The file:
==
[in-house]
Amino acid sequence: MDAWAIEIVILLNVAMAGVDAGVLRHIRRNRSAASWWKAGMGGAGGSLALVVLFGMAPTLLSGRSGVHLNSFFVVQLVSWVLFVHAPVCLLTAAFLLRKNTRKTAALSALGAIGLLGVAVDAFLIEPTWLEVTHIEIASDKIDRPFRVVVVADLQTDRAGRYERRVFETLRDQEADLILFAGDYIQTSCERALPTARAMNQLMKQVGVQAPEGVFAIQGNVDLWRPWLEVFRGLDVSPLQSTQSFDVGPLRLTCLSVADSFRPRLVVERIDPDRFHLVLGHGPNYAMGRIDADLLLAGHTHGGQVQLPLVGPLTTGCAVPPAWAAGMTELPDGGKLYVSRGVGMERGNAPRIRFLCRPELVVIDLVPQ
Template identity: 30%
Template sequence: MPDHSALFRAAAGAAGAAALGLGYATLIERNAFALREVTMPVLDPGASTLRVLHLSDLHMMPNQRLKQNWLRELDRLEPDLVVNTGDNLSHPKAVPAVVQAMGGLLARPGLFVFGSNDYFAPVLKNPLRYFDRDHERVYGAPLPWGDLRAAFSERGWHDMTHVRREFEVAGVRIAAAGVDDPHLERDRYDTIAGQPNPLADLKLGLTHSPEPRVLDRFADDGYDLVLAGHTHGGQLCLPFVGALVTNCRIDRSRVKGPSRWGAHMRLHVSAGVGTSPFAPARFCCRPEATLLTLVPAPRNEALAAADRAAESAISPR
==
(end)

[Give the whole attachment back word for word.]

[in-house]
Amino acid sequence: MDAWAIEIVILLNVAMAGVDAGVLRHIRRNRSAASWWKAGMGGAGGSLALVVLFGMAPTLLSGRSGVHLNSFFVVQLVSWVLFVHAPVCLLTAAFLLRKNTRKTAALSALGAIGLLGVAVDAFLIEPTWLEVTHIEIASDKIDRPFRVVVVADLQTDRAGRYERRVFETLRDQEADLILFAGDYIQTSCERALPTARAMNQLMKQVGVQAPEGVFAIQGNVDLWRPWLEVFRGLDVSPLQSTQSFDVGPLRLTCLSVADSFRPRLVVERIDPDRFHLVLGHGPNYAMGRIDADLLLAGHTHGGQVQLPLVGPLTTGCAVPPAWAAGMTELPDGGKLYVSRGVGMERGNAPRIRFLCRPELVVIDLVPQ
Template identity: 30%
Template sequence: MPDHSALFRAAAGAAGAAALGLGYATLIERNAFALREVTMPVLDPGASTLRVLHLSDLHMMPNQRLKQNWLRELDRLEPDLVVNTGDNLSHPKAVPAVVQAMGGLLARPGLFVFGSNDYFAPVLKNPLRYFDRDHERVYGAPLPWGDLRAAFSERGWHDMTHVRREFEVAGVRIAAAGVDDPHLERDRYDTIAGQPNPLADLKLGLTHSPEPRVLDRFADDGYDLVLAGHTHGGQLCLPFVGALVTNCRIDRSRVKGPSRWGAHMRLHVSAGVGTSPFAPARFCCRPEATLLTLVPAPRNEALAAADRAAESAISPR